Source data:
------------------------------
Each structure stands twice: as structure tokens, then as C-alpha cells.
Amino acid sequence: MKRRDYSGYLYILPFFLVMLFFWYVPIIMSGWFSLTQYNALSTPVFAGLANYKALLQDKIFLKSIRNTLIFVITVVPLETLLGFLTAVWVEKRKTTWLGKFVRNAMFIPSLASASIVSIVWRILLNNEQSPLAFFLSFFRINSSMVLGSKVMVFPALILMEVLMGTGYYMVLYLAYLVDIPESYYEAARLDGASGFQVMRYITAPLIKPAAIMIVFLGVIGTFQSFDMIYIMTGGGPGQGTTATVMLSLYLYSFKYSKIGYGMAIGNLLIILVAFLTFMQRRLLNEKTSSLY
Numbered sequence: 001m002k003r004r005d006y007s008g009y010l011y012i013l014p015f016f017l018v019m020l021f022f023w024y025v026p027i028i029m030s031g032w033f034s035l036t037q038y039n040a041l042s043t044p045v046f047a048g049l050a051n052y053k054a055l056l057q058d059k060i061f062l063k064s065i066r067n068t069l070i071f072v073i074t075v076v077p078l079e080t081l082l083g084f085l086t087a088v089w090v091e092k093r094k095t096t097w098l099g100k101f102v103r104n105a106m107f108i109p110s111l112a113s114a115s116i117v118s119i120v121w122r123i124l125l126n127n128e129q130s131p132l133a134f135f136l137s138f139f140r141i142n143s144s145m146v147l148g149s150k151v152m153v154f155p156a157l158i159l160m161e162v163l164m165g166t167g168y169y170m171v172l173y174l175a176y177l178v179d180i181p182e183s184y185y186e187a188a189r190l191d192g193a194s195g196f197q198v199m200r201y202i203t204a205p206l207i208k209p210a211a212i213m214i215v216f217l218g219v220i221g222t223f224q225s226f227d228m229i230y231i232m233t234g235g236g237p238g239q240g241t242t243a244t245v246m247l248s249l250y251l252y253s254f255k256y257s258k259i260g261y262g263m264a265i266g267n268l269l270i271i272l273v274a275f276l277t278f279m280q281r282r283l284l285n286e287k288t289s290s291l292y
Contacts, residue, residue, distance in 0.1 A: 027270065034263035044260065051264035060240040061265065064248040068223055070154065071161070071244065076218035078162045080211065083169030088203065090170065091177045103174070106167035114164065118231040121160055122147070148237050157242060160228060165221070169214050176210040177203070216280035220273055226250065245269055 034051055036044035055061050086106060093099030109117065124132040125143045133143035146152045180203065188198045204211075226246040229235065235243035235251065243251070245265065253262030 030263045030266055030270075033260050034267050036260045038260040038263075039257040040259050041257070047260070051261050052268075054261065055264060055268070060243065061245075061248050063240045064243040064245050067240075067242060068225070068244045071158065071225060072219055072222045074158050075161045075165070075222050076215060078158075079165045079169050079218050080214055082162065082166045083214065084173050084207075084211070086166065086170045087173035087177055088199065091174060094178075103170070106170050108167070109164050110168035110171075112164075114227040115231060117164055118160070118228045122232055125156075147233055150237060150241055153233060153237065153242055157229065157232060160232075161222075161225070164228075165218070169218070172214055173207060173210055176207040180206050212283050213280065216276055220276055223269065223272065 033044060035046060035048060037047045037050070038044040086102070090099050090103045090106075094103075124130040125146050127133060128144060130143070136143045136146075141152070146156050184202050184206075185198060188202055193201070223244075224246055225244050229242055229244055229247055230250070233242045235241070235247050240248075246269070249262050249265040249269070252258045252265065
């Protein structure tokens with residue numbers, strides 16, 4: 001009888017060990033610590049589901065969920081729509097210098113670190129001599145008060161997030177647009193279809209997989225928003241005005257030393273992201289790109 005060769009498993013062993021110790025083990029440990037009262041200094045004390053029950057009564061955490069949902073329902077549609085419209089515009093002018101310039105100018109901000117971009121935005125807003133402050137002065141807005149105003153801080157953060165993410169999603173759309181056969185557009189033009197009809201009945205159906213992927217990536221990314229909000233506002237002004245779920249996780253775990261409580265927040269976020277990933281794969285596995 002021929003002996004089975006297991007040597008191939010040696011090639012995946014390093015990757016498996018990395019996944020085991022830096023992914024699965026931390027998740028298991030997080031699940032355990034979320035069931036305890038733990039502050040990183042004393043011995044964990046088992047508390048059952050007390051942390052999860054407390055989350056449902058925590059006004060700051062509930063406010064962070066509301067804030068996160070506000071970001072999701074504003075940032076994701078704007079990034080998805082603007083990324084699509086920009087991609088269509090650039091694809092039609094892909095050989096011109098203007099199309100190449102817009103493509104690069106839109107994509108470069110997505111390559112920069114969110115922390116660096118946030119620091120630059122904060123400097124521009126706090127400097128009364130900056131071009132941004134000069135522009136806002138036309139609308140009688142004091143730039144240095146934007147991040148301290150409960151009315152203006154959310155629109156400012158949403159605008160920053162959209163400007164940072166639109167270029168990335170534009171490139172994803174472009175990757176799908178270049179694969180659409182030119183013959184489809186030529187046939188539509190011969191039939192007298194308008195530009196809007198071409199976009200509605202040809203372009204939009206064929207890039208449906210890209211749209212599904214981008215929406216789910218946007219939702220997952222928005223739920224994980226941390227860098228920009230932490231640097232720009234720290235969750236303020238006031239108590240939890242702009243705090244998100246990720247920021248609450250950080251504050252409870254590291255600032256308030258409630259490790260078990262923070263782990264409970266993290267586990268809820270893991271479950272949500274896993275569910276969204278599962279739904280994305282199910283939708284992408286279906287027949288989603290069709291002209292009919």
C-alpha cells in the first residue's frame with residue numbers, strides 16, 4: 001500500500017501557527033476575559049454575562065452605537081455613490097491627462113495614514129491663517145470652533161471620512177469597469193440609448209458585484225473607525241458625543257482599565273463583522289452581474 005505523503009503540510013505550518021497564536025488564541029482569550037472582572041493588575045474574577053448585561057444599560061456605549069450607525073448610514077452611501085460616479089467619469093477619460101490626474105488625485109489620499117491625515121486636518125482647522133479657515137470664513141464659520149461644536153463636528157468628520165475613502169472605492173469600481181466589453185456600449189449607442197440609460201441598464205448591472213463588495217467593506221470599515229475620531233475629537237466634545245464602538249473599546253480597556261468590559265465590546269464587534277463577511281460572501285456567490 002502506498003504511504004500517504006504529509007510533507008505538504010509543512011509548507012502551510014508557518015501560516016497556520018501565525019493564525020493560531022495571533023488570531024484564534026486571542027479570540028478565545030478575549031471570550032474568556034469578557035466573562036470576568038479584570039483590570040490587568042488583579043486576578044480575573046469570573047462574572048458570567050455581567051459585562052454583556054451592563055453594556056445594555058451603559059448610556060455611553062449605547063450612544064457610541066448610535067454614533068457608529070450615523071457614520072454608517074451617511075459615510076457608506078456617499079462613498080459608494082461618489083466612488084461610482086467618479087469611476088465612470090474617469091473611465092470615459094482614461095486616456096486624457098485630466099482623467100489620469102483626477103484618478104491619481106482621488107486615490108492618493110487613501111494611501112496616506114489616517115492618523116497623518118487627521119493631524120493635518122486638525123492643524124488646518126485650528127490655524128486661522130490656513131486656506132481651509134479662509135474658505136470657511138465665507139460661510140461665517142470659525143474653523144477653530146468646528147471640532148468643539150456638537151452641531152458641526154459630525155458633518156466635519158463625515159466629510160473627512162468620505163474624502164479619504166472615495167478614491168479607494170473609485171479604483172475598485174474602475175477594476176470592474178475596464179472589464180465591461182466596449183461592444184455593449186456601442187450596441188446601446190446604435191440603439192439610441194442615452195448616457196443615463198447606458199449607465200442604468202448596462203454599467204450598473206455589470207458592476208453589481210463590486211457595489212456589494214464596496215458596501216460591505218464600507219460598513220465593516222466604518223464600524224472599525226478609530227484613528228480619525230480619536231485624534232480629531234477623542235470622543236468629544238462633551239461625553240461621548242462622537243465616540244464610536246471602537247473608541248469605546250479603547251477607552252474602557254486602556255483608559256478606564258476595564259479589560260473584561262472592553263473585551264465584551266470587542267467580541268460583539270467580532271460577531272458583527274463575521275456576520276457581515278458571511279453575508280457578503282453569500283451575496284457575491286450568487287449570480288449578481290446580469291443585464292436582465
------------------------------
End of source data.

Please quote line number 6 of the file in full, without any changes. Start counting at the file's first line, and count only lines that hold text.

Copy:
C-alpha cells in the first residue's frame with residue numbers, strides 16, 4: 001500500500017501557527033476575559049454575562065452605537081455613490097491627462113495614514129491663517145470652533161471620512177469597469193440609448209458585484225473607525241458625543257482599565273463583522289452581474 005505523503009503540510013505550518021497564536025488564541029482569550037472582572041493588575045474574577053448585561057444599560061456605549069450607525073448610514077452611501085460616479089467619469093477619460101490626474105488625485109489620499117491625515121486636518125482647522133479657515137470664513141464659520149461644536153463636528157468628520165475613502169472605492173469600481181466589453185456600449189449607442197440609460201441598464205448591472213463588495217467593506221470599515229475620531233475629537237466634545245464602538249473599546253480597556261468590559265465590546269464587534277463577511281460572501285456567490 002502506498003504511504004500517504006504529509007510533507008505538504010509543512011509548507012502551510014508557518015501560516016497556520018501565525019493564525020493560531022495571533023488570531024484564534026486571542027479570540028478565545030478575549031471570550032474568556034469578557035466573562036470576568038479584570039483590570040490587568042488583579043486576578044480575573046469570573047462574572048458570567050455581567051459585562052454583556054451592563055453594556056445594555058451603559059448610556060455611553062449605547063450612544064457610541066448610535067454614533068457608529070450615523071457614520072454608517074451617511075459615510076457608506078456617499079462613498080459608494082461618489083466612488084461610482086467618479087469611476088465612470090474617469091473611465092470615459094482614461095486616456096486624457098485630466099482623467100489620469102483626477103484618478104491619481106482621488107486615490108492618493110487613501111494611501112496616506114489616517115492618523116497623518118487627521119493631524120493635518122486638525123492643524124488646518126485650528127490655524128486661522130490656513131486656506132481651509134479662509135474658505136470657511138465665507139460661510140461665517142470659525143474653523144477653530146468646528147471640532148468643539150456638537151452641531152458641526154459630525155458633518156466635519158463625515159466629510160473627512162468620505163474624502164479619504166472615495167478614491168479607494170473609485171479604483172475598485174474602475175477594476176470592474178475596464179472589464180465591461182466596449183461592444184455593449186456601442187450596441188446601446190446604435191440603439192439610441194442615452195448616457196443615463198447606458199449607465200442604468202448596462203454599467204450598473206455589470207458592476208453589481210463590486211457595489212456589494214464596496215458596501216460591505218464600507219460598513220465593516222466604518223464600524224472599525226478609530227484613528228480619525230480619536231485624534232480629531234477623542235470622543236468629544238462633551239461625553240461621548242462622537243465616540244464610536246471602537247473608541248469605546250479603547251477607552252474602557254486602556255483608559256478606564258476595564259479589560260473584561262472592553263473585551264465584551266470587542267467580541268460583539270467580532271460577531272458583527274463575521275456576520276457581515278458571511279453575508280457578503282453569500283451575496284457575491286450568487287449570480288449578481290446580469291443585464292436582465